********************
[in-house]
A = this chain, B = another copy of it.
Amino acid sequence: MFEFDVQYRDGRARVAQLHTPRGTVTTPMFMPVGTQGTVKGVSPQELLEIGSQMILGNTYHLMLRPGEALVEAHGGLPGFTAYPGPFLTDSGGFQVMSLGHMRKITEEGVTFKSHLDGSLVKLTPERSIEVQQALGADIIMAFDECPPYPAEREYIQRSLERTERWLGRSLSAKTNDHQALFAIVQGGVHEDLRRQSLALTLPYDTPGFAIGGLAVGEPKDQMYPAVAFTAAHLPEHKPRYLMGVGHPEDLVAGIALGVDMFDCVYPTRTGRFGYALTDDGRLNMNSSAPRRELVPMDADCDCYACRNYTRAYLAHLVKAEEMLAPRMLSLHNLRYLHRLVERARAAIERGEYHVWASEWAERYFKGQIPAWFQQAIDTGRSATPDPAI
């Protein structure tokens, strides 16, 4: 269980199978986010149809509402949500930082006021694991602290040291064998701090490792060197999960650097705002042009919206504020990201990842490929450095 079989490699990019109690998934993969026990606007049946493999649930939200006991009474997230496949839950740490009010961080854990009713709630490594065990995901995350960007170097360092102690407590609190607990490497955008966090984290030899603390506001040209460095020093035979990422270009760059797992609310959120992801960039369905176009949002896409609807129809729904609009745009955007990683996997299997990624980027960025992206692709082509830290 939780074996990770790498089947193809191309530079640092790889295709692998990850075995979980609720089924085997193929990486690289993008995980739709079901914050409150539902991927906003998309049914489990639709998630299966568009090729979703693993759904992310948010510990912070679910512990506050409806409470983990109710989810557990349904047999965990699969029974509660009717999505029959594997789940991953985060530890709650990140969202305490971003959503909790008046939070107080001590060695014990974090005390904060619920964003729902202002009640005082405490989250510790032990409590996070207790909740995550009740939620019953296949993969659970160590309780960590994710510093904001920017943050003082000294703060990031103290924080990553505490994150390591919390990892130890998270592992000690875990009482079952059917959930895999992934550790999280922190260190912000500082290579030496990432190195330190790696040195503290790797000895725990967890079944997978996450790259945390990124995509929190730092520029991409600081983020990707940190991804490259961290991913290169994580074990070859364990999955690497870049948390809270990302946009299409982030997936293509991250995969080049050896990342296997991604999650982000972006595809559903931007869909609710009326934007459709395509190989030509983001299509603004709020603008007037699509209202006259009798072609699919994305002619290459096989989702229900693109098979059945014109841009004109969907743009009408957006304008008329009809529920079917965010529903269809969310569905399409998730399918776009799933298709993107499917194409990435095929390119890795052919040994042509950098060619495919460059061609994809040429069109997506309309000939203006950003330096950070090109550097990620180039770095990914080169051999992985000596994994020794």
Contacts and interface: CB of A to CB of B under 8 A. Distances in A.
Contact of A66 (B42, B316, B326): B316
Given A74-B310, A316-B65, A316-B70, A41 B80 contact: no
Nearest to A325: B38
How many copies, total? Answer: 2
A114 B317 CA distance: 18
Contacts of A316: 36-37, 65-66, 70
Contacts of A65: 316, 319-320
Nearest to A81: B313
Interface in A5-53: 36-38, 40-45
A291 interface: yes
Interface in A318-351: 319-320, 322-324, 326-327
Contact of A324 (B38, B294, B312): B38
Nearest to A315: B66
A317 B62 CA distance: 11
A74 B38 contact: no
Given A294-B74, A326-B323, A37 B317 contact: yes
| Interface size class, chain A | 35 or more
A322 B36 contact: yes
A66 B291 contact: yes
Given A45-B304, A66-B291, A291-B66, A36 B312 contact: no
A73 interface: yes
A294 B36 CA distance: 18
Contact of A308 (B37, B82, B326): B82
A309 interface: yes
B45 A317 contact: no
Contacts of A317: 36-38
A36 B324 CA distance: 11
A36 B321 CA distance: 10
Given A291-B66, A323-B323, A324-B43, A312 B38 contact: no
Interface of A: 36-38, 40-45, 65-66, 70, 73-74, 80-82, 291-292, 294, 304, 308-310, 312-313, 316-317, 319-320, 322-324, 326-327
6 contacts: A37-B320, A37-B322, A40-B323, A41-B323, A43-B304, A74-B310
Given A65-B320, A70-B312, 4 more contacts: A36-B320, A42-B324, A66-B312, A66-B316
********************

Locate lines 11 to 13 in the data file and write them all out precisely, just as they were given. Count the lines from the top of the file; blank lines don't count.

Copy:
Contacts of A316: 36-37, 65-66, 70
Contacts of A65: 316, 319-320
Nearest to A81: B313